TORONTO, Oct. 28 /CNW/ - Community Living Ontario is calling for an investigation and inquest into the death of Doug Minty, 59, who had an intellectual disability. He died as a result of wounds from multiple gunshots fired by an Ontario Provincial Police (OPP) officer during an altercation at Minty's Elmvale home this past June. It was reported that Minty was moving toward the officer with a knife in hand. Last week, the province's Special Investigations Unit cleared the OPP officer of charges in Minty's death, but questions still remain for those who knew Minty personally.
"There are many unanswered questions about the circumstances of Doug's death. It's also not clear whether disability was a factor in the escalation of the situation or the response," says Keith Powell, executive director of Community Living Ontario. "There are conflicting reports about what took place in those final moments. People in the community are confused and unsatisfied - there's potential for mistrust and anxiety."
Neighbours and friends have commented publicly that Minty was a loved and valued member of his community, who often helped them with their groceries, snow shoveling, or other household chores.
"This death is a concern for families, people who have a disability, and Community Living associations," Powell says. "Community Living associations work to develop the capacity of communities to include all people. This can include working closely with other community services, such as law enforcement, to ensure they are familiar with people who have an intellectual disability. We know this work happens in many communities in Ontario, but not all. It might have prevented this tragedy in Elmvale."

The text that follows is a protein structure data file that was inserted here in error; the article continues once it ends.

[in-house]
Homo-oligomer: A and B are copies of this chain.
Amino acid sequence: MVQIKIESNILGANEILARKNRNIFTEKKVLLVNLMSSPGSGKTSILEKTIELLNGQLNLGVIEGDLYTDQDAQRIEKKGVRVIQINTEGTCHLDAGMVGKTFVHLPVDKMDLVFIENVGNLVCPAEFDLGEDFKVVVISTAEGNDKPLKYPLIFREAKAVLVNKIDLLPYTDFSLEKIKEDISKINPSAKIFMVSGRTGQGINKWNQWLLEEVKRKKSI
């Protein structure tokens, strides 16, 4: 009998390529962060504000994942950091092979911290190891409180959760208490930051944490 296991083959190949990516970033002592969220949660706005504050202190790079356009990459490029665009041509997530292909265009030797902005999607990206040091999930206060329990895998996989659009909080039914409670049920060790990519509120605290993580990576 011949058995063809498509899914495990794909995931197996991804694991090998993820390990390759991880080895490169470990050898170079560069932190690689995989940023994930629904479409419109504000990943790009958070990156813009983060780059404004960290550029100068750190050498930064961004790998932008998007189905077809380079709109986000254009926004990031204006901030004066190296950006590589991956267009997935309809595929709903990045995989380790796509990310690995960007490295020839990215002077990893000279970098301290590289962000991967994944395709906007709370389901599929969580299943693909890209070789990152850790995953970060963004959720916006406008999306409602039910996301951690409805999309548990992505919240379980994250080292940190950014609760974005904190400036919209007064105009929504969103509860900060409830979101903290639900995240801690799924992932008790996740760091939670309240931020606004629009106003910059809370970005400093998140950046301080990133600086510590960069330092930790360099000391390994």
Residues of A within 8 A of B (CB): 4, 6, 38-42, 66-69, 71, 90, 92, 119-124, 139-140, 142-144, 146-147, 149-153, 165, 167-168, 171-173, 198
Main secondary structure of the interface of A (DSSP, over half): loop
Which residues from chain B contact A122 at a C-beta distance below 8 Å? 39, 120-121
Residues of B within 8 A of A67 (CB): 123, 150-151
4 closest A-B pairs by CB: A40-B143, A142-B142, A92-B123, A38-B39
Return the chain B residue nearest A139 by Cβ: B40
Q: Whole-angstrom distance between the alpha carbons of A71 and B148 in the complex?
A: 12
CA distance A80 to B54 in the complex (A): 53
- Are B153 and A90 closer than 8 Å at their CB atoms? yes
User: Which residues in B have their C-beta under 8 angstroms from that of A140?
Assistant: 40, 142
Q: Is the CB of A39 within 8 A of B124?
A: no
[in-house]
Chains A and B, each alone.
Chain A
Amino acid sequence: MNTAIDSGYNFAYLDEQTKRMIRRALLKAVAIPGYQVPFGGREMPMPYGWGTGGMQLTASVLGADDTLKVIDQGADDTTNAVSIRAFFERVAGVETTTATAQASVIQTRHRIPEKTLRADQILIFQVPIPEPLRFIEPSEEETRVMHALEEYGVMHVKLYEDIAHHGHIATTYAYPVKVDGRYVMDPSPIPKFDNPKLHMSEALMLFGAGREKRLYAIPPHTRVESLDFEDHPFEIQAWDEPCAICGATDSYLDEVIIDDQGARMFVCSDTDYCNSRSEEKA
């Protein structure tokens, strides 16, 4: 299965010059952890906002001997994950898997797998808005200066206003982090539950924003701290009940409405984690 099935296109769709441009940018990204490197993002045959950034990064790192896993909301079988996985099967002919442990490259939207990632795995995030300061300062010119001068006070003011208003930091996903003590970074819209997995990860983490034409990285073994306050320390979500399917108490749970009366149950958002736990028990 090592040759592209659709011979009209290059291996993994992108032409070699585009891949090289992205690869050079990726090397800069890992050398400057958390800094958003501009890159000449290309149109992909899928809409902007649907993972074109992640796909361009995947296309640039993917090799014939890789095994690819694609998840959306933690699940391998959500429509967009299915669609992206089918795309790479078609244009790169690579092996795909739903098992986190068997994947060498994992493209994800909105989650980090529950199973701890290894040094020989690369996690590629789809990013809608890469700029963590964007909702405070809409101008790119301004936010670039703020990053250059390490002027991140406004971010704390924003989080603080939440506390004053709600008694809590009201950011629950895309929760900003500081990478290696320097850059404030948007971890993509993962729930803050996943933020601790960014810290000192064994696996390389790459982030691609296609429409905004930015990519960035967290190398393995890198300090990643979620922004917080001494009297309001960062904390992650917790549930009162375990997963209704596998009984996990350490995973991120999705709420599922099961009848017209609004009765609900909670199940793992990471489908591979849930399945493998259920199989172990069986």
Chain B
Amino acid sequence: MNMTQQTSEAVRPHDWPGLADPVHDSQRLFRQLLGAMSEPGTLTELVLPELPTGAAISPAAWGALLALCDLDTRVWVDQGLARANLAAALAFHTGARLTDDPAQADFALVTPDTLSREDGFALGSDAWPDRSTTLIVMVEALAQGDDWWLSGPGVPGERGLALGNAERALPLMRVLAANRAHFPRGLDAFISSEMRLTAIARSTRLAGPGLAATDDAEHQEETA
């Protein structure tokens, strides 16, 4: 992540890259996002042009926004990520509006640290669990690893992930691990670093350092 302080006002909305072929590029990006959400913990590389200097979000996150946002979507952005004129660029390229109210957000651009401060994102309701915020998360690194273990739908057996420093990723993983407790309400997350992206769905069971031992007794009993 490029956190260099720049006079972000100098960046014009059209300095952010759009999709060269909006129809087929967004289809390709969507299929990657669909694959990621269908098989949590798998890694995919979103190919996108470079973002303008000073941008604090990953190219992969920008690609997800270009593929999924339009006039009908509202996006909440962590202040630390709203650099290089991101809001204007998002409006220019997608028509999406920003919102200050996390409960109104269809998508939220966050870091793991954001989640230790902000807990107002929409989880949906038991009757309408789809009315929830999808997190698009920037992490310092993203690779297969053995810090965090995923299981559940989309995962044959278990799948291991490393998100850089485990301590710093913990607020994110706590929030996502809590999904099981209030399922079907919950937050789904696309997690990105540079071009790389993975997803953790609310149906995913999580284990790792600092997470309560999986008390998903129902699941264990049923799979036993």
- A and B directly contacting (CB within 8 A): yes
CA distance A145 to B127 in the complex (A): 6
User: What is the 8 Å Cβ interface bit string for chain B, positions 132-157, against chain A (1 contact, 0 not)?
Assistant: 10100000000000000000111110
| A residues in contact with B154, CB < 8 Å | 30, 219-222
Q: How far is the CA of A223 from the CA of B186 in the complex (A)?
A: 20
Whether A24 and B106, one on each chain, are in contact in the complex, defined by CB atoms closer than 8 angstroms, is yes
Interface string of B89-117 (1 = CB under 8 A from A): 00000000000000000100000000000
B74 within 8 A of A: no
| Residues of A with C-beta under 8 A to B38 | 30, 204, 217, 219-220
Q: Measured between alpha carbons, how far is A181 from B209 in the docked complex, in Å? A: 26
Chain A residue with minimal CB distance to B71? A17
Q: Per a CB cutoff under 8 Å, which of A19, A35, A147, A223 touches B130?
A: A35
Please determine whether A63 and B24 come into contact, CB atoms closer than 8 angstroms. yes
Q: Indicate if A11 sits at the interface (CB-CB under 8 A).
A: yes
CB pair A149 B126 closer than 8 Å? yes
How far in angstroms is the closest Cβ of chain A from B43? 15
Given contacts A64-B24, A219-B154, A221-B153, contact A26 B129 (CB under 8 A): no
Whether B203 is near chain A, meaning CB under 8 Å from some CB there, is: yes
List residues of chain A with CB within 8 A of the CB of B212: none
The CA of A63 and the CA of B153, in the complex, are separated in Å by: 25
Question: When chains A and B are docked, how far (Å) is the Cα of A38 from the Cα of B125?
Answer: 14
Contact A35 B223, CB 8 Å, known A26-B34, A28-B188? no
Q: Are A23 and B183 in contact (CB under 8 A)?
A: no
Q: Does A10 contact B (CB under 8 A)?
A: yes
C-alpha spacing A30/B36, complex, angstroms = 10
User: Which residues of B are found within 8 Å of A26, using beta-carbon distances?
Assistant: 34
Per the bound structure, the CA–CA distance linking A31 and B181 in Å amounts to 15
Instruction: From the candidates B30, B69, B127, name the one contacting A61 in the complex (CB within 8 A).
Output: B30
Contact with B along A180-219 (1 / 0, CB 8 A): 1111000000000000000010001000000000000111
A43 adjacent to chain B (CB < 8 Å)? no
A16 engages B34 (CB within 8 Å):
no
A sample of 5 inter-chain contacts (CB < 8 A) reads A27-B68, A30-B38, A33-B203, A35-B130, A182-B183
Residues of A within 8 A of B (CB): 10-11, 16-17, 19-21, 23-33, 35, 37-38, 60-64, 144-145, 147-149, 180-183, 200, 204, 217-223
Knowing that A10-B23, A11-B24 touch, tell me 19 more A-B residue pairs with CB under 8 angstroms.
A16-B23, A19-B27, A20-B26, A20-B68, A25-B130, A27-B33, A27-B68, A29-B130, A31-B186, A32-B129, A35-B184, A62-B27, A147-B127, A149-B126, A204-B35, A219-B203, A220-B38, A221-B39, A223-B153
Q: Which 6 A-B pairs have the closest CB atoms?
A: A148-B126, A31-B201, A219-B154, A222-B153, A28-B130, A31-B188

Community Living Ontario is calling for a broader investigation both into the circumstances of Minty's death and into the systemic issues that may have led to it: "The learnings that could result from this inquest will help us all bring about changes that keep people safer in their communities," adds Powell.
Community Living Ontario is a province-wide federation that promotes and facilitates the full participation and inclusion of people who have an intellectual disability. More than 12,000 people are members of Community Living Ontario through membership in 117 affiliated local associations. Community Living provides direct support and services to people who have an intellectual disability, helps communities build the capacity to support people, and advocates for social change toward the full inclusion of all people in community.
SOURCE Community Living Ontario
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